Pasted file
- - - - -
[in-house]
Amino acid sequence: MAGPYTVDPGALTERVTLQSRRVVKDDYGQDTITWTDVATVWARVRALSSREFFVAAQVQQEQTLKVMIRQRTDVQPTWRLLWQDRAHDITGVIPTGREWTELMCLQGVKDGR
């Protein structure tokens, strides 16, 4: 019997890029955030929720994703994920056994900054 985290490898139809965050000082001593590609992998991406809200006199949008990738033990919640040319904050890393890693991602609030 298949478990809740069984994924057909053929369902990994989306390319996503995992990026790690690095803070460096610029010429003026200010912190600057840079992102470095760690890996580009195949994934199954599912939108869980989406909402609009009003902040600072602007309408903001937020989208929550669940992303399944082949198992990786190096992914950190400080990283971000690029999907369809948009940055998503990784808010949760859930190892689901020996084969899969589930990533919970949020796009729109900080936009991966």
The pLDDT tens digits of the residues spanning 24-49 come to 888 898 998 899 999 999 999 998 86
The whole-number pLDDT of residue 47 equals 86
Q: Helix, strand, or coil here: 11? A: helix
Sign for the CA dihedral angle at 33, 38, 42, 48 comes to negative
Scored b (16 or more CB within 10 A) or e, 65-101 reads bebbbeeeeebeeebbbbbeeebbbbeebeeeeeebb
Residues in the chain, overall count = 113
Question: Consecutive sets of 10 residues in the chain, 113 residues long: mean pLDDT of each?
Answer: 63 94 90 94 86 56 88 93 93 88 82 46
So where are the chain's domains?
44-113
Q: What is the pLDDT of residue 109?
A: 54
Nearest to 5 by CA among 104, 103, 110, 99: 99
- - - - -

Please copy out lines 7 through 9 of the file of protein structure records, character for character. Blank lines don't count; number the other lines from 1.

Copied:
Sign for the CA dihedral angle at 33, 38, 42, 48 comes to negative
Scored b (16 or more CB within 10 A) or e, 65-101 reads bebbbeeeeebeeebbbbbeeebbbbeebeeeeeebb
Residues in the chain, overall count = 113